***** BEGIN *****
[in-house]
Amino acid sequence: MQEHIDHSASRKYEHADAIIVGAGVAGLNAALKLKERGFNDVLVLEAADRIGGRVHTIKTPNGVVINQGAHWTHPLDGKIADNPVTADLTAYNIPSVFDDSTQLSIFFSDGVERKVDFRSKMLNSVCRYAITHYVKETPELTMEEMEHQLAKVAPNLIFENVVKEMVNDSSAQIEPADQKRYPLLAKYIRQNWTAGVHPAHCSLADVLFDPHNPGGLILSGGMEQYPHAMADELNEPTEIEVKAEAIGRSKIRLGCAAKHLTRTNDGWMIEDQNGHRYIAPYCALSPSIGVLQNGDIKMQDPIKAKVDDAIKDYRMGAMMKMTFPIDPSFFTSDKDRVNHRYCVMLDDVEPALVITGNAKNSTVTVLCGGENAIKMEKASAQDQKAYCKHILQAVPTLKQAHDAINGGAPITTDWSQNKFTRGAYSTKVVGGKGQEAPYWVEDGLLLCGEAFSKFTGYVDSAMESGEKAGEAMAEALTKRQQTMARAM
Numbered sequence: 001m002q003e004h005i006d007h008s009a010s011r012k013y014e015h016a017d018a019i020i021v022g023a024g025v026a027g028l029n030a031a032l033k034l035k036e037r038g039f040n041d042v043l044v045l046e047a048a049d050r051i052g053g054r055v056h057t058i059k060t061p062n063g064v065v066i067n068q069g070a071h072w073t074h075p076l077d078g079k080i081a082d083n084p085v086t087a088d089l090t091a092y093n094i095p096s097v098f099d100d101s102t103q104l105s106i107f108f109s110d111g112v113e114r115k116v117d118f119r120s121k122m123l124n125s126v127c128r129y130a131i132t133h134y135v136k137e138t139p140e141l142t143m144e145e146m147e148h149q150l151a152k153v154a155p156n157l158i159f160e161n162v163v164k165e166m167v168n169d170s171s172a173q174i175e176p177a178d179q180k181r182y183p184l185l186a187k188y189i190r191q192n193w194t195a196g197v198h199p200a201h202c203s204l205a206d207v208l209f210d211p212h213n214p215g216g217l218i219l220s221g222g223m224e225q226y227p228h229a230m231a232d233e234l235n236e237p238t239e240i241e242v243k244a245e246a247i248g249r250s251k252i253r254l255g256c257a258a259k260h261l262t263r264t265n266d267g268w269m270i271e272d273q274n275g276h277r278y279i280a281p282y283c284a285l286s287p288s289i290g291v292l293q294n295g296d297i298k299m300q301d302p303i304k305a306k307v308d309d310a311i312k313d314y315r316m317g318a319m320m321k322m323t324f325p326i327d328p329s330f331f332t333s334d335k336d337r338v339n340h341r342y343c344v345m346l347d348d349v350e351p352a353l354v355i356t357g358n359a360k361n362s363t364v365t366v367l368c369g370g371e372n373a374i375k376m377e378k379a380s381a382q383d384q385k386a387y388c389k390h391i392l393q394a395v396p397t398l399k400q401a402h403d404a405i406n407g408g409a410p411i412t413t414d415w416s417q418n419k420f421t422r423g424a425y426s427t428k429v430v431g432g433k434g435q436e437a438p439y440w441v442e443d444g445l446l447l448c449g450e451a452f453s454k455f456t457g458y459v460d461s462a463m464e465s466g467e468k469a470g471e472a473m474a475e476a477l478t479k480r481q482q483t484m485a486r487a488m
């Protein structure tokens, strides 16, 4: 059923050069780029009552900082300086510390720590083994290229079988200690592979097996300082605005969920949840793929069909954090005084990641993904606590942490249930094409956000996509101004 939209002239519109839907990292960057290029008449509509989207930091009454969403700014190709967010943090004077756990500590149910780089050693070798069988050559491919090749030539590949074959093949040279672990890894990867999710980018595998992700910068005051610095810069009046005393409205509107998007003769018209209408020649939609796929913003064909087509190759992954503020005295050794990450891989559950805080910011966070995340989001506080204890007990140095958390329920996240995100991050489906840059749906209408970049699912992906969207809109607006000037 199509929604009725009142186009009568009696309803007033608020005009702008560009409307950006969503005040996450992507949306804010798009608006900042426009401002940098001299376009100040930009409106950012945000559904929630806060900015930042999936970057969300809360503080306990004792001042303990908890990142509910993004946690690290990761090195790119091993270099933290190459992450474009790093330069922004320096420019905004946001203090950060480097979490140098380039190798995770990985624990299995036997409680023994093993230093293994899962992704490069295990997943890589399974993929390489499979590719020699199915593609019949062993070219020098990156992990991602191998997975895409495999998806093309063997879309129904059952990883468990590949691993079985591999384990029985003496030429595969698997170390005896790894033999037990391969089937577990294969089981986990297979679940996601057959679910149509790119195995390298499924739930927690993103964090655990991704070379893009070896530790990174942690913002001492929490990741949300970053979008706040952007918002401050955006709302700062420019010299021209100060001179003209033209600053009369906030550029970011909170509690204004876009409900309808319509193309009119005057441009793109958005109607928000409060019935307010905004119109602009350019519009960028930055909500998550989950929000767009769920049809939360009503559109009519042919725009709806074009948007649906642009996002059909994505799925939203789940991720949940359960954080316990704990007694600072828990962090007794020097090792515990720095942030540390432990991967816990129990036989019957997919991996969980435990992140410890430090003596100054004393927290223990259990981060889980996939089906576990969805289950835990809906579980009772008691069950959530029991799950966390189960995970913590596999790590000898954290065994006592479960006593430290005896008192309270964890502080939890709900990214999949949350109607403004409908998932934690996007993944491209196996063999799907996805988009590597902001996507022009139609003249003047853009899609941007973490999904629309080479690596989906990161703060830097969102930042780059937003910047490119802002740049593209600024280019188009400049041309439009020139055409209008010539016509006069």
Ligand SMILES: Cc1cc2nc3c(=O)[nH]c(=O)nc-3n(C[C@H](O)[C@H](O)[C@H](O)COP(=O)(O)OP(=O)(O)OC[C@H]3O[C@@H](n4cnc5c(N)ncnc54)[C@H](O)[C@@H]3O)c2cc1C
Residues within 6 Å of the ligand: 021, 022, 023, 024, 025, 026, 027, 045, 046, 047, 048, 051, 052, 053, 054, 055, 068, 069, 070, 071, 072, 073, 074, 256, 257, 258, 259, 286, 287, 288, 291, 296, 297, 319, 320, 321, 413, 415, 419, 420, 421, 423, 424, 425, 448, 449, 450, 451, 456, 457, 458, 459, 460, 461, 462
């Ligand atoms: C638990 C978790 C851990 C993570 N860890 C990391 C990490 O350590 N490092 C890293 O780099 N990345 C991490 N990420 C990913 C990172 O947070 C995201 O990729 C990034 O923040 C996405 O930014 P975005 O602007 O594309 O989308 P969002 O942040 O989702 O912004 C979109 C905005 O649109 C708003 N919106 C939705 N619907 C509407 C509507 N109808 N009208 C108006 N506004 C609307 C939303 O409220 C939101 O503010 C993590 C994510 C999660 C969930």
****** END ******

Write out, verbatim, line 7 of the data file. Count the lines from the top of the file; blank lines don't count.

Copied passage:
């Ligand atoms: C638990 C978790 C851990 C993570 N860890 C990391 C990490 O350590 N490092 C890293 O780099 N990345 C991490 N990420 C990913 C990172 O947070 C995201 O990729 C990034 O923040 C996405 O930014 P975005 O602007 O594309 O989308 P969002 O942040 O989702 O912004 C979109 C905005 O649109 C708003 N919106 C939705 N619907 C509407 C509507 N109808 N009208 C108006 N506004 C609307 C939303 O409220 C939101 O503010 C993590 C994510 C999660 C969930």